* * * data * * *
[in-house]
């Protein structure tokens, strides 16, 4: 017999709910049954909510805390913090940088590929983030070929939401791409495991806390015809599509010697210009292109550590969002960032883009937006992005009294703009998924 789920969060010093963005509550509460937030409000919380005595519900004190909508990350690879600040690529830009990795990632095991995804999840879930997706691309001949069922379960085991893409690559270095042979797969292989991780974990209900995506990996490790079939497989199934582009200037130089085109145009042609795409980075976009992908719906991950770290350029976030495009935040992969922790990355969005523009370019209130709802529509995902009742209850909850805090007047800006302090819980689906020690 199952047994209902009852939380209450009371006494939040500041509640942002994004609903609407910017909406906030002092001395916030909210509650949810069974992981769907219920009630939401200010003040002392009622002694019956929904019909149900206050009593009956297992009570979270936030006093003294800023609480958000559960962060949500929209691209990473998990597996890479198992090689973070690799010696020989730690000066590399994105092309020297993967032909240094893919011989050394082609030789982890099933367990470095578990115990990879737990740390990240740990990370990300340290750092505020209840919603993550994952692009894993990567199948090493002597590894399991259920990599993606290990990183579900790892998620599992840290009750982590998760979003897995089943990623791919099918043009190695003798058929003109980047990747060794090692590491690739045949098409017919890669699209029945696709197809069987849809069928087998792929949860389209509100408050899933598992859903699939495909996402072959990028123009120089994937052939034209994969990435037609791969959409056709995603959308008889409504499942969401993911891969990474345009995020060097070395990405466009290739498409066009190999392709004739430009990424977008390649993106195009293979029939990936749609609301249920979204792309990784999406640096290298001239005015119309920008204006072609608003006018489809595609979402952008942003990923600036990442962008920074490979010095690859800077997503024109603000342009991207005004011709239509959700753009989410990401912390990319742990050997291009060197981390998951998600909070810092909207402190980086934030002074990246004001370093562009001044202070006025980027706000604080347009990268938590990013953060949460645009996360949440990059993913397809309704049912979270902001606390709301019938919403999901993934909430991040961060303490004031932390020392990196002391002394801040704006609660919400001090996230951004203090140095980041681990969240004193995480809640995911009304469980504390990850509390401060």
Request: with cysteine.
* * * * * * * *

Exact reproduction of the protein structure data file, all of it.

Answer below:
[in-house]
């Protein structure tokens, strides 16, 4: 017999709910049954909510805390913090940088590929983030070929939401791409495991806390015809599509010697210009292109550590969002960032883009937006992005009294703009998924 789920969060010093963005509550509460937030409000919380005595519900004190909508990350690879600040690529830009990795990632095991995804999840879930997706691309001949069922379960085991893409690559270095042979797969292989991780974990209900995506990996490790079939497989199934582009200037130089085109145009042609795409980075976009992908719906991950770290350029976030495009935040992969922790990355969005523009370019209130709802529509995902009742209850909850805090007047800006302090819980689906020690 199952047994209902009852939380209450009371006494939040500041509640942002994004609903609407910017909406906030002092001395916030909210509650949810069974992981769907219920009630939401200010003040002392009622002694019956929904019909149900206050009593009956297992009570979270936030006093003294800023609480958000559960962060949500929209691209990473998990597996890479198992090689973070690799010696020989730690000066590399994105092309020297993967032909240094893919011989050394082609030789982890099933367990470095578990115990990879737990740390990240740990990370990300340290750092505020209840919603993550994952692009894993990567199948090493002597590894399991259920990599993606290990990183579900790892998620599992840290009750982590998760979003897995089943990623791919099918043009190695003798058929003109980047990747060794090692590491690739045949098409017919890669699209029945696709197809069987849809069928087998792929949860389209509100408050899933598992859903699939495909996402072959990028123009120089994937052939034209994969990435037609791969959409056709995603959308008889409504499942969401993911891969990474345009995020060097070395990405466009290739498409066009190999392709004739430009990424977008390649993106195009293979029939990936749609609301249920979204792309990784999406640096290298001239005015119309920008204006072609608003006018489809595609979402952008942003990923600036990442962008920074490979010095690859800077997503024109603000342009991207005004011709239509959700753009989410990401912390990319742990050997291009060197981390998951998600909070810092909207402190980086934030002074990246004001370093562009001044202070006025980027706000604080347009990268938590990013953060949460645009996360949440990059993913397809309704049912979270902001606390709301019938919403999901993934909430991040961060303490004031932390020392990196002391002394801040704006609660919400001090996230951004203090140095980041681990969240004193995480809640995911009304469980504390990850509390401060």
Request: with cysteine.